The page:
Nascar Craftsman Truck Series Race Schedule

DATE TRACK
Feb. 15 Daytona
Feb. 23 California
Mar. 7 Atlanta
Mar. 29 Martinsville
Apr. 26 Kansas
May 16 Charlotte
May 24 Mansfield
May 30 Dover
June 6 Texas
June 14 Michigan
June 20 Milwaukee
June 28 Memphis
July 12 Kentucky
July 25 O'Reilly Raceway Park (ORP)
Aug. 9 Nashville
Aug. 20 Bristol
Sept. 6 Gateway
Sept. 13 New Hampshire
Sept. 20 Las Vegas
Oct. 4 Talladega
Oct. 18 Martinsville
Oct. 25 Atlanta
Oct. 31 Texas
Nov. 7 Phoenix
Nov. 14 Homestead-Miami

10 Mostly Worthless Facts
1 In 1976, Ford offered a dual-displacement engine that was changeable from a six-cylinder to three-cylinder when cruising at highway speeds for better fuel economy. Put that in your hybrid pipe and smoke it!

2 did you know that monster truck tires are 66 inches tall and 43 inches wide? We wonder how much lift it would take to fit those on an S-10.

3 The change from F-1 to F-100 happened in the same year as Ford's golden anniversary, 1953

4 According to www.wackyuses.com, you can remove grease from clothes by adding a can of Coke when you run the washing machine.

5 The same site also says easy-Off oven cleaner will remove oil stains from the driveway.

6 Chevy's 4L60e transmission isn't just a random number: 4 = four forward speeds, L = longitudinally mounted, 60 = relative torque handling capacity, e = electronically controlled.

7 A pound of potato chips costs 200 times more than a pound of potatoes. That sour cream and onion powder must be made of gold!

8 The first factory-assembled pickup was called the Ford Model T Runabout with Pickup Body. it debuted in 1925 and sold for $281.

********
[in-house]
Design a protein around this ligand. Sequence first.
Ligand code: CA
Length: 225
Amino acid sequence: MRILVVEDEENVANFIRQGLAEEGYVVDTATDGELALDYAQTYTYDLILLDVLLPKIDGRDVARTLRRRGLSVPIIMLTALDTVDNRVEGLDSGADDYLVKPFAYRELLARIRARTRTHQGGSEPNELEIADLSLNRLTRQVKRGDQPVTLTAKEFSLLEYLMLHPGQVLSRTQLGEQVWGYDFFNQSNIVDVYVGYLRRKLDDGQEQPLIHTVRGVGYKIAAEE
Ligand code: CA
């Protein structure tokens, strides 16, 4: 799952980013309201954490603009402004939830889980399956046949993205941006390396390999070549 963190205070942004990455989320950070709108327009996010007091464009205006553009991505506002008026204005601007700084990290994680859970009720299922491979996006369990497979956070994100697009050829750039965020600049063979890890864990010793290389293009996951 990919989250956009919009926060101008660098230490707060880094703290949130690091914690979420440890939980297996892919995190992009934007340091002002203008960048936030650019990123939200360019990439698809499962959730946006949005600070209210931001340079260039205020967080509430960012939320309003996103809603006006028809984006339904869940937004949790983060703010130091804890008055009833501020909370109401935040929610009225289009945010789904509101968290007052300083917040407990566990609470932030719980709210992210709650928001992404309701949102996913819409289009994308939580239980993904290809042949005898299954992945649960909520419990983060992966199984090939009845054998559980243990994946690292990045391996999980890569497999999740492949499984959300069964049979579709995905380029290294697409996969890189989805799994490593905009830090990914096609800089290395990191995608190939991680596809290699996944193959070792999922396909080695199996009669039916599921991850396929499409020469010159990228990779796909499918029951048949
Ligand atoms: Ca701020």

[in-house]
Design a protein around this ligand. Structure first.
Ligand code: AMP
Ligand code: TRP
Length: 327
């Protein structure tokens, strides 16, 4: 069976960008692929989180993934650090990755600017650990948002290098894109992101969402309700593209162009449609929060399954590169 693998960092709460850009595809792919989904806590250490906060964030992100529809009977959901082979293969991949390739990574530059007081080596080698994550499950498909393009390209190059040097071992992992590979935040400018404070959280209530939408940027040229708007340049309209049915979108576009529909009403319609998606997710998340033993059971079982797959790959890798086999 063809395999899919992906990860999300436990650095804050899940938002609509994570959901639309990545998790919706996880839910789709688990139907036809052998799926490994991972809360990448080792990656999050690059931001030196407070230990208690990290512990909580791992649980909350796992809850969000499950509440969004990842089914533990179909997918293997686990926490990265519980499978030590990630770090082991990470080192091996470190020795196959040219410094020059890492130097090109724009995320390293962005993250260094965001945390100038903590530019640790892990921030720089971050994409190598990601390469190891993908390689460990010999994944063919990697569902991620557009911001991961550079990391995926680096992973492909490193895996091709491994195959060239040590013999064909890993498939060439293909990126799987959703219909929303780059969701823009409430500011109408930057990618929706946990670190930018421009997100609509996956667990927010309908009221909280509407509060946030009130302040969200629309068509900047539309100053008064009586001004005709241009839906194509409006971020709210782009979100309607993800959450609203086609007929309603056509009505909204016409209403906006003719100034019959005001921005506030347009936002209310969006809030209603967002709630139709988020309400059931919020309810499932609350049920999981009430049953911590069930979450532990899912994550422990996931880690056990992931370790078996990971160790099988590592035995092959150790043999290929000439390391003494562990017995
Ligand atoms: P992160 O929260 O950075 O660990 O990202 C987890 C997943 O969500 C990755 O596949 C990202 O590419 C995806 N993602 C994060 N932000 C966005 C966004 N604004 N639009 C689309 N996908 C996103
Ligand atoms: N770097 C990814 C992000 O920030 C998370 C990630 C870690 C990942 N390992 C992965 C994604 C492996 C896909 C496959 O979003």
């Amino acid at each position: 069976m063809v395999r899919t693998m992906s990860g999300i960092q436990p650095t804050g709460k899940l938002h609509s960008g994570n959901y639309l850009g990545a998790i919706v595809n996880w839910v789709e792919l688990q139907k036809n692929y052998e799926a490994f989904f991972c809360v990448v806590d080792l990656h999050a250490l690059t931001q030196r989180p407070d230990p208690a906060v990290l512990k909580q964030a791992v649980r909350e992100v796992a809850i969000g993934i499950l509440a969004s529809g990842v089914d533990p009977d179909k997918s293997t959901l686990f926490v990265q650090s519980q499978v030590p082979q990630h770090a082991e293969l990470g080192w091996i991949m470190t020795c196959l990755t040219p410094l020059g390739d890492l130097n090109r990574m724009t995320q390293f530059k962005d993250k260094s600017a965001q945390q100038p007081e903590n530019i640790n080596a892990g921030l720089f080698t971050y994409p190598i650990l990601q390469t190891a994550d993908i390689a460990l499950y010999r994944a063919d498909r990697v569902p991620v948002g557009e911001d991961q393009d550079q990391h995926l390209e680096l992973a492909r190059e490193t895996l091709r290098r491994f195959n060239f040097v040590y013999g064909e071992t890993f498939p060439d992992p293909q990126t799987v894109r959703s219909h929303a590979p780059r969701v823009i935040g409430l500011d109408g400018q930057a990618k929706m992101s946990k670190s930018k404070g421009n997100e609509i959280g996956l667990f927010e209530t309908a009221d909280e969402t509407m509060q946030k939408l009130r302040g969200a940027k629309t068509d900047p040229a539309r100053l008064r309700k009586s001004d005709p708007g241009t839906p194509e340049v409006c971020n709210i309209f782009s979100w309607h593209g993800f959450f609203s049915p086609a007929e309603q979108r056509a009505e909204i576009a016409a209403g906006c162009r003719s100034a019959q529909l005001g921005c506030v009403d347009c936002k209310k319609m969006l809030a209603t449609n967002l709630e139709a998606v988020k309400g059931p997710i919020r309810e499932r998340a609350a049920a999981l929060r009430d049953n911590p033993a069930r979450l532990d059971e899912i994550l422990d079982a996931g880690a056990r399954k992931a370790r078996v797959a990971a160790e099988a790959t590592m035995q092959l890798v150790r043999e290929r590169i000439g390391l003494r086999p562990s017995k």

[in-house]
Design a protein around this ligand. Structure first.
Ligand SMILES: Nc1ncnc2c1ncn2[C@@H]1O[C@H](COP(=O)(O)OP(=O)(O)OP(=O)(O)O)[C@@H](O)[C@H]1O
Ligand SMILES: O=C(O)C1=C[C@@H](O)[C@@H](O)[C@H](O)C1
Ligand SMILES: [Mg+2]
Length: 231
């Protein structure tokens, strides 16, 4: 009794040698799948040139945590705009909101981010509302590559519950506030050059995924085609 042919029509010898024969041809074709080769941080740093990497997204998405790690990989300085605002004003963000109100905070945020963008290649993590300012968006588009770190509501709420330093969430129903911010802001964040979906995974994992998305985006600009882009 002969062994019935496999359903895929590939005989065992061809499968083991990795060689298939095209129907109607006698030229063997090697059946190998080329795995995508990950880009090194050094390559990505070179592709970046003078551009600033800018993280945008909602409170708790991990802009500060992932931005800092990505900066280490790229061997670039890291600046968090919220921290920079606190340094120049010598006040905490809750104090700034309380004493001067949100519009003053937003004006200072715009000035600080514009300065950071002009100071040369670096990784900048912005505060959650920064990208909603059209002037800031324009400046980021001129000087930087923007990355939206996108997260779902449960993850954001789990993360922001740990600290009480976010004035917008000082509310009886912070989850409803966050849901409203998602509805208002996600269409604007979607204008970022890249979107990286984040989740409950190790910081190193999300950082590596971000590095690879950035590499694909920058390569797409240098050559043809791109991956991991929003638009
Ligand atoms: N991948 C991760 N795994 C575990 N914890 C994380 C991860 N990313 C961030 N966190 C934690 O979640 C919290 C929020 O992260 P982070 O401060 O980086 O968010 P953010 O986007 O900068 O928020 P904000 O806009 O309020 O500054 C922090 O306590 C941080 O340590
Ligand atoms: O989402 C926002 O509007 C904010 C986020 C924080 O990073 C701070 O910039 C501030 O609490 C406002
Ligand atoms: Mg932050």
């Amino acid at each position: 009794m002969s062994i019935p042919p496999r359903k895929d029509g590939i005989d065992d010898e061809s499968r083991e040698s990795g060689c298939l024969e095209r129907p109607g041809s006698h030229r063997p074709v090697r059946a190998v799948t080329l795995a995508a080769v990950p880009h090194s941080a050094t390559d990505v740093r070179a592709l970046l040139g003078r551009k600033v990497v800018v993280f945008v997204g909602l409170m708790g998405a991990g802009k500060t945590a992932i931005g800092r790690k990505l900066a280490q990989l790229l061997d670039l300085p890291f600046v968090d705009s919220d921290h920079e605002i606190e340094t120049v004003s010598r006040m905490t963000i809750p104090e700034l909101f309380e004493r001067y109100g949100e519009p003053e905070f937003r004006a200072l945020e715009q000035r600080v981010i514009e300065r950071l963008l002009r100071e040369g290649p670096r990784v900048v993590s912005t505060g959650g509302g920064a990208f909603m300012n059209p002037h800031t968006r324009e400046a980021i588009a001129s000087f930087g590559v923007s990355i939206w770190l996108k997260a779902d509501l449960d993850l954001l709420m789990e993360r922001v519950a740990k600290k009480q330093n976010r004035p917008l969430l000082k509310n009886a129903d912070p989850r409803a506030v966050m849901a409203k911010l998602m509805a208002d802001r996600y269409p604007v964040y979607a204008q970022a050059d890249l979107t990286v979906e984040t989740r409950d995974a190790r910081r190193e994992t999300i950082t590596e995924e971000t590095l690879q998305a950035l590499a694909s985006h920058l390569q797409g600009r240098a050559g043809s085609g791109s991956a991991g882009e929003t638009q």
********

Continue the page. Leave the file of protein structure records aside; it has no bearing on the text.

9 An airbag moves as much as 4,500 mph with a force of 200 Gs. That's a lot of force just to save your face.

10 in Ventura County, California, cats and dogs are not allowed to have sex without a permit. How much does that permit cost?

Say What?The staff speaks and you listen. it's that simple. This month's question is:

MiKe: Jeff davy of devious Customs fame had this crew-cab dualie that he wanted to bodydrop. We spent a lot of late nights working on it together. One night, i was cutting and welding the bed floor back together (with the proper eye protection i might add) and ended up taking some metal right in the ol' eyeball. it didn't happen while i was working on the truck though. We quit working rather late, and i crashed at his house. i was covered in metal shavings and used the air compressor in the shop to clean my clothes off. i guess i didn't get everything off because while taking a shower later that night i washed some metal that was stuck in my hair right into my eye. i thought it would wash out, but it didn't. Since i was so tired, i went to sleep anyway, figuring that i could deal with it the next day. i woke up the next morning with a migraine and blurred vision. i ended up having to see an optometrist, who used a small drill to get the metal out of my eyeball. it wasn't the most painful injury i've ever had working on a truck, but it was certainly the scariest injury because it really made me think about how crappy it would be to lose my sight.